The Honda Fit electric vehicle is the most fuel-efficient production car in America. However, the 118 miles per gallon that it gets are not all green and kitten smiles; they are expensive and oftentimes not all that downright dirty.
Due to enter the market this summer in the left-leaning lands of Oregon and California, the small, four-door hatchback will do battle with the Mitsubishi i-MiEV, the Ford Focus, and the Nissan Leaf. Buyers will have to pay just about twice as much as what they’d pay for the gasoline-powered fit, which means that they’ll need to drive 13,000 miles a year for 11 years before realizing any savings they’d get from not purchasing gas. Many do not think that people, not even hemp-sandaled greenies, are dumb enough to fall for this particular shiny object. Talking about this, Geoff Pohanka, who runs a baker’s dozen worth of bad credit car dealerships in Maryland and Virginia, including a trio that sell the Nissan Leaf and Chevrolet Volt electric cars, said, “People are smart. They’re looking for the deal. Is somebody going to fork out $15,000 more for something that gets them less range than their car now? It’s not happening.”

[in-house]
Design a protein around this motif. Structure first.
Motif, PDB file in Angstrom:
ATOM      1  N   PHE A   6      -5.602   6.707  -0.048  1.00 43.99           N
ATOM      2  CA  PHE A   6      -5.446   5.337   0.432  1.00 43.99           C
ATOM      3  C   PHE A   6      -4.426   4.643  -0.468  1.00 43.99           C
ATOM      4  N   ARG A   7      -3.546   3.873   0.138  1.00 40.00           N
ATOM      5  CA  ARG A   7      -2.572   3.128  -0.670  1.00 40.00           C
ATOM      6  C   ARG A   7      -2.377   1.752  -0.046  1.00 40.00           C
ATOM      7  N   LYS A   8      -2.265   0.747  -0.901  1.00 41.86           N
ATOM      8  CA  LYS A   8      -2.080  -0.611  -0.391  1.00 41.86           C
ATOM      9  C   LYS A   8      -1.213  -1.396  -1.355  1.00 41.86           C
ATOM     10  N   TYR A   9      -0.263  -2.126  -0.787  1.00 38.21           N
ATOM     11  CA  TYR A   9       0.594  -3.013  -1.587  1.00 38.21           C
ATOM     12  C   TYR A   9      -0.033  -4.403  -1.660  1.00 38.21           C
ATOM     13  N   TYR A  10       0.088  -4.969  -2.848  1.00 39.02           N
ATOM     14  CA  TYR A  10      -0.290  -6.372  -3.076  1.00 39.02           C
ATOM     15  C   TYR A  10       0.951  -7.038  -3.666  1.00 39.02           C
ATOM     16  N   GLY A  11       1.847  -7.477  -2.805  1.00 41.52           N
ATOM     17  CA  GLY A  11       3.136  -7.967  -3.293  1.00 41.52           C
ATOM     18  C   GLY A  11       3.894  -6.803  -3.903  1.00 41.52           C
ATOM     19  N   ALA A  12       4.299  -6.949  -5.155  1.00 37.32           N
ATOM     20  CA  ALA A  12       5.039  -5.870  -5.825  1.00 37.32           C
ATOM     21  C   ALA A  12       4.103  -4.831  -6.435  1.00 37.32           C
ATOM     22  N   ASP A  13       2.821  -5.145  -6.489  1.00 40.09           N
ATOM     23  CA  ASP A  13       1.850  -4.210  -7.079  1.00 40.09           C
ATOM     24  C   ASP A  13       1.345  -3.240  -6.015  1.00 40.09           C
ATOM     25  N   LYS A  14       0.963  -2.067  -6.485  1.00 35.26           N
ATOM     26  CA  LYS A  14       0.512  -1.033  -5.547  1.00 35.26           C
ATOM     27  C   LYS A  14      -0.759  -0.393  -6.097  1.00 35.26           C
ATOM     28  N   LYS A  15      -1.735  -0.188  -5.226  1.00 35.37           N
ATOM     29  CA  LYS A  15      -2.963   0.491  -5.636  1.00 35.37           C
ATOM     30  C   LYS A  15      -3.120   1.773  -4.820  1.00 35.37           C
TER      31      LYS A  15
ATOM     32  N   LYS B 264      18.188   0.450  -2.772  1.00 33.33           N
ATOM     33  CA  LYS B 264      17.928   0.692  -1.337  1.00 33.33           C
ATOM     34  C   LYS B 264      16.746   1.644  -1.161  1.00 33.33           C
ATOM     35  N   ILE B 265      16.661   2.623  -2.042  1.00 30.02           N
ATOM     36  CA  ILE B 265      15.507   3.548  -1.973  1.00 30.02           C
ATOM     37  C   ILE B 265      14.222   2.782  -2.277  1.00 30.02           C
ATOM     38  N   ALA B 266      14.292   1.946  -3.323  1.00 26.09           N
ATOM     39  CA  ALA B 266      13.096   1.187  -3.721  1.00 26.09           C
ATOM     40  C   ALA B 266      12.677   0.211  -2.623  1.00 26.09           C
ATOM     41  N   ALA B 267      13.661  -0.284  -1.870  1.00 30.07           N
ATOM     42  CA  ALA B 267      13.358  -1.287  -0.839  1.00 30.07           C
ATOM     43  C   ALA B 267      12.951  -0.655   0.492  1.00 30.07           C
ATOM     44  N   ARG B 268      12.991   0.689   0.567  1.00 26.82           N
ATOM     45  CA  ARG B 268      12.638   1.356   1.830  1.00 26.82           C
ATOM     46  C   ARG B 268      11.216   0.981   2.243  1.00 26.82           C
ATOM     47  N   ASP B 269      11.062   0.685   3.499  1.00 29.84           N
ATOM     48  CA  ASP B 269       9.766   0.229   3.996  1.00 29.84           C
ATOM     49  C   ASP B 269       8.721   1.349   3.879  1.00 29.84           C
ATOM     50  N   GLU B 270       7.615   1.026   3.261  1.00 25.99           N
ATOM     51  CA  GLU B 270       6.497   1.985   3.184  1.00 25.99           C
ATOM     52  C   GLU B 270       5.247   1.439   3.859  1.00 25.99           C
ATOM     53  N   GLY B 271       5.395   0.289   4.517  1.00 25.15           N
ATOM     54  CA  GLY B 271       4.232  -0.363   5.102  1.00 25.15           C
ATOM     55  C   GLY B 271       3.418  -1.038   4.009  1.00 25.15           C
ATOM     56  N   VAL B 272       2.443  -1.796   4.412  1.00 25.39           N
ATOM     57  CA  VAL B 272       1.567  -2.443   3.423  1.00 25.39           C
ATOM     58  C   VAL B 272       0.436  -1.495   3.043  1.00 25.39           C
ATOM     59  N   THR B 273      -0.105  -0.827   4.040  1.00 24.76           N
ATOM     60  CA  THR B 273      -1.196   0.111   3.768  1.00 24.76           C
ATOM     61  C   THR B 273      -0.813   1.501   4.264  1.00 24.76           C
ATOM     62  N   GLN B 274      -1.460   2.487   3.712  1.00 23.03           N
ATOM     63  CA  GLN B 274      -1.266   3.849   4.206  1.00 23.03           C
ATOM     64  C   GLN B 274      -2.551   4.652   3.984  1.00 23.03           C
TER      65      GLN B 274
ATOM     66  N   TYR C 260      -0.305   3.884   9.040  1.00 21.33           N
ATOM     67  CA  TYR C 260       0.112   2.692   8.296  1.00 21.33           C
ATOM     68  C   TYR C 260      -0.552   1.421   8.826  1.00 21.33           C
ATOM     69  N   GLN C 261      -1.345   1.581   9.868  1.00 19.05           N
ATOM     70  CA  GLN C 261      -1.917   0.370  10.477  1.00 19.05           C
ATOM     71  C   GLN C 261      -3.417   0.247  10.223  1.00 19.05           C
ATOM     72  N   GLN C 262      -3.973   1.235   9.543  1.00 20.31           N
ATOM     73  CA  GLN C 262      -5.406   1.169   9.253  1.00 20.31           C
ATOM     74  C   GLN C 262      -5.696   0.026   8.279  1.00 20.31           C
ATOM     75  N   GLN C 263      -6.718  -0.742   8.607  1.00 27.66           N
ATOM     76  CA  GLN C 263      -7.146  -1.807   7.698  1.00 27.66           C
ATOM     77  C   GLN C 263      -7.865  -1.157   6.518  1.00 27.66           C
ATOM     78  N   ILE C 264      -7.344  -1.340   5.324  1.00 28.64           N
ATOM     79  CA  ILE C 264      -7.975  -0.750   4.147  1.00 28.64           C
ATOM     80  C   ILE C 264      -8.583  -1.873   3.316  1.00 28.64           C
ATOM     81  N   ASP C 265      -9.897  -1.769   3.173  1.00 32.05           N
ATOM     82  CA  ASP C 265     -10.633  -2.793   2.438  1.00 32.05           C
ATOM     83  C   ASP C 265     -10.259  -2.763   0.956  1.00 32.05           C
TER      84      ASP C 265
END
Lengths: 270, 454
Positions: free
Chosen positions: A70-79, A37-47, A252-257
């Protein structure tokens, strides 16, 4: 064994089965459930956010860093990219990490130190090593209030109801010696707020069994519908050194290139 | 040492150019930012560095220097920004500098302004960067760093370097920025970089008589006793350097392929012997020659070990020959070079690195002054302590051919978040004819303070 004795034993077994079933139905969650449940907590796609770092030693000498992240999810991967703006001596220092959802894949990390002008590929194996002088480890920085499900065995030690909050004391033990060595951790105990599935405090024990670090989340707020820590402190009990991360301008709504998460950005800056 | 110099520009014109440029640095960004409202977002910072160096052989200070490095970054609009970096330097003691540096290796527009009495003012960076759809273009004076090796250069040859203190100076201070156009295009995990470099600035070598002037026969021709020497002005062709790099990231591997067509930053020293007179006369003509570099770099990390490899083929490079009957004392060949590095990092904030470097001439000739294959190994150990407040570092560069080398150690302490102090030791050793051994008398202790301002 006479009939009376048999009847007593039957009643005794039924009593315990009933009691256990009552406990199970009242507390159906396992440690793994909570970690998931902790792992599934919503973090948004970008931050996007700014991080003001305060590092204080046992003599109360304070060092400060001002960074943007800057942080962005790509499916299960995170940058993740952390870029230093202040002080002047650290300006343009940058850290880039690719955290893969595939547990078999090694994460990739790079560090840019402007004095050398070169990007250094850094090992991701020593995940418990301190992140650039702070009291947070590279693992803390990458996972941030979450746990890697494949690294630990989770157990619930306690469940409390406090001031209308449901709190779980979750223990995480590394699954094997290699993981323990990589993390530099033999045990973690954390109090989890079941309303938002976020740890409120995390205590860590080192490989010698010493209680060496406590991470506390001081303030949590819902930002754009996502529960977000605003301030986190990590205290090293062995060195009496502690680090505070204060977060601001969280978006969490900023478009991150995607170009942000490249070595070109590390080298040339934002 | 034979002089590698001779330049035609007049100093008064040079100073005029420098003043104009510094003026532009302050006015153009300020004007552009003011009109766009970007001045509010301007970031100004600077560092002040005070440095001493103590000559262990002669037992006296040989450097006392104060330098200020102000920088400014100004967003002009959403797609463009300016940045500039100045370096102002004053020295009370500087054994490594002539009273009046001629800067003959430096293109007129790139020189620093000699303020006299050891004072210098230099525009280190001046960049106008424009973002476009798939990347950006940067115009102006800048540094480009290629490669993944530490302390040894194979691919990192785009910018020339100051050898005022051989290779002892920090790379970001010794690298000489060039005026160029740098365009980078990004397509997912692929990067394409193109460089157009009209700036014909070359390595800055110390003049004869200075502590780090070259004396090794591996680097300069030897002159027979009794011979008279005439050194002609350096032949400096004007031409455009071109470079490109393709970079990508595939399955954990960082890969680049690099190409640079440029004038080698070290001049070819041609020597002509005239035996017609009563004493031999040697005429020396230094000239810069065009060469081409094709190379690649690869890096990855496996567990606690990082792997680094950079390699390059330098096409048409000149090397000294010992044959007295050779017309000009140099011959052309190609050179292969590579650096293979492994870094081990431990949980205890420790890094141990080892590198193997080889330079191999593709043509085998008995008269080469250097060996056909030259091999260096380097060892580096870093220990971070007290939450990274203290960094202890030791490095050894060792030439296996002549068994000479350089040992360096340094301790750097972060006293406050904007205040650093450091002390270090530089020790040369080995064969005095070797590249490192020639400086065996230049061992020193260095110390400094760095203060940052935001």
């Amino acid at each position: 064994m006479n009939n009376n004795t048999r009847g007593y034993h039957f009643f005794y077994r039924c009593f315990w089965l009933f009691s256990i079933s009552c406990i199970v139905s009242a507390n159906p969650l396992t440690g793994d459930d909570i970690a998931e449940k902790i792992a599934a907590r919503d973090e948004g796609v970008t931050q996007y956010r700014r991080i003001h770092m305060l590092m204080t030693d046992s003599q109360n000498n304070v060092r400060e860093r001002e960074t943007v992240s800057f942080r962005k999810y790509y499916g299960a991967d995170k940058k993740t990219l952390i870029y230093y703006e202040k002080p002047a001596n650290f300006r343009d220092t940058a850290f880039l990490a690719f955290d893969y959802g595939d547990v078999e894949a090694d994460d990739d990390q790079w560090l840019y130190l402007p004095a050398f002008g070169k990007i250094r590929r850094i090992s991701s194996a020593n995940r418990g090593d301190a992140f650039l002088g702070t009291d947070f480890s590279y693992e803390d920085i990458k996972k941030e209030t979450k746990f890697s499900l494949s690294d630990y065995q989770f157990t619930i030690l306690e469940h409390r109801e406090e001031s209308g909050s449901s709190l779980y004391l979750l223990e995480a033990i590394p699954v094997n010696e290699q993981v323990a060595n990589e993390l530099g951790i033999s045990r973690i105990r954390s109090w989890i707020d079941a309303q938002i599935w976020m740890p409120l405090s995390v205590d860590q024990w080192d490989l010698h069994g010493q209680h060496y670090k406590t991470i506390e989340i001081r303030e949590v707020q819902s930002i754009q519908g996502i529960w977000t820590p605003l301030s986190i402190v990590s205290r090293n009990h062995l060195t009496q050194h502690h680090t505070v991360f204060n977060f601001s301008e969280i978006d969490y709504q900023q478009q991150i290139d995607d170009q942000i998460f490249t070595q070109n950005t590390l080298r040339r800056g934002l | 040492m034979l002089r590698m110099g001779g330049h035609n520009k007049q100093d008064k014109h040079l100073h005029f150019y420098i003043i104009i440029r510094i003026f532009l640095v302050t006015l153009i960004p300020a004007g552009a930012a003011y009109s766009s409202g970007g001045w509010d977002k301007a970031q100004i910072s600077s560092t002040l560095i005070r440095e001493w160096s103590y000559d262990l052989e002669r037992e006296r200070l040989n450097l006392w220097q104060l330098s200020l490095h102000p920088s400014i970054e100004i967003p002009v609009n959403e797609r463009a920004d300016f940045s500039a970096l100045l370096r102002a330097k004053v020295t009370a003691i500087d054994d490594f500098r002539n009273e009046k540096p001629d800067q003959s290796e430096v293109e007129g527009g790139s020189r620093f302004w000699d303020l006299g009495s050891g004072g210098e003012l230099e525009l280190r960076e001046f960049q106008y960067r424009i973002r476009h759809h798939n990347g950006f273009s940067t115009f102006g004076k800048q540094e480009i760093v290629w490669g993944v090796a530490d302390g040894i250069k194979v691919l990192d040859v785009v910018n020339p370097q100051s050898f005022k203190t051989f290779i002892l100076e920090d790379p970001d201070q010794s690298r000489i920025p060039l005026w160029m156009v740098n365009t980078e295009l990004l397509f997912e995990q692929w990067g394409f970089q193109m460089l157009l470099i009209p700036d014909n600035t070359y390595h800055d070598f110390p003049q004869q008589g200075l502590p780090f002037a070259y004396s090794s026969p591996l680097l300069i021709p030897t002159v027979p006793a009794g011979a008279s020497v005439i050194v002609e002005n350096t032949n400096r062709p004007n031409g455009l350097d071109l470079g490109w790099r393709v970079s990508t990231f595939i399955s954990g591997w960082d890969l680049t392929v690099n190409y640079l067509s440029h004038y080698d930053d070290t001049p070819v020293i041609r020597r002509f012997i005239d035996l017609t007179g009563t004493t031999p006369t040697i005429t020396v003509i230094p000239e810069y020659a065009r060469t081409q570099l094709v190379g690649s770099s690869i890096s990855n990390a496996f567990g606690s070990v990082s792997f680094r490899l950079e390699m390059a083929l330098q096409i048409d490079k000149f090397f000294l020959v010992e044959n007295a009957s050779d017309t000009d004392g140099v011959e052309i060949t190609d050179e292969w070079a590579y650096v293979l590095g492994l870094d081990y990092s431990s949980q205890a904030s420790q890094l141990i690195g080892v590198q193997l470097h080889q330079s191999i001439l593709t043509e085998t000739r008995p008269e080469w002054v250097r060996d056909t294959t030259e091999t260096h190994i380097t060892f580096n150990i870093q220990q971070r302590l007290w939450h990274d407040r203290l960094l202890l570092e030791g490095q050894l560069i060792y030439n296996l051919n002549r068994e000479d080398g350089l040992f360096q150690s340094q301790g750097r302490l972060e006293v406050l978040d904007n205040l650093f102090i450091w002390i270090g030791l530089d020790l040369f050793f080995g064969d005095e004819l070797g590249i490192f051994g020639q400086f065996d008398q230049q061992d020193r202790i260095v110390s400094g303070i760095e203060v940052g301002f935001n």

Also, green cars are not always as environmentally friendly as their proponents like to believe. Depending upon where they are driven, an area where electricity comes from coal, nuclear plants, natural gas, wind or dams, fully electric cars can produce more greenhouse gas emissions than hybrids, or anywhere from 18 per cent to as much as 76 per cent less than gasoline-powered cars.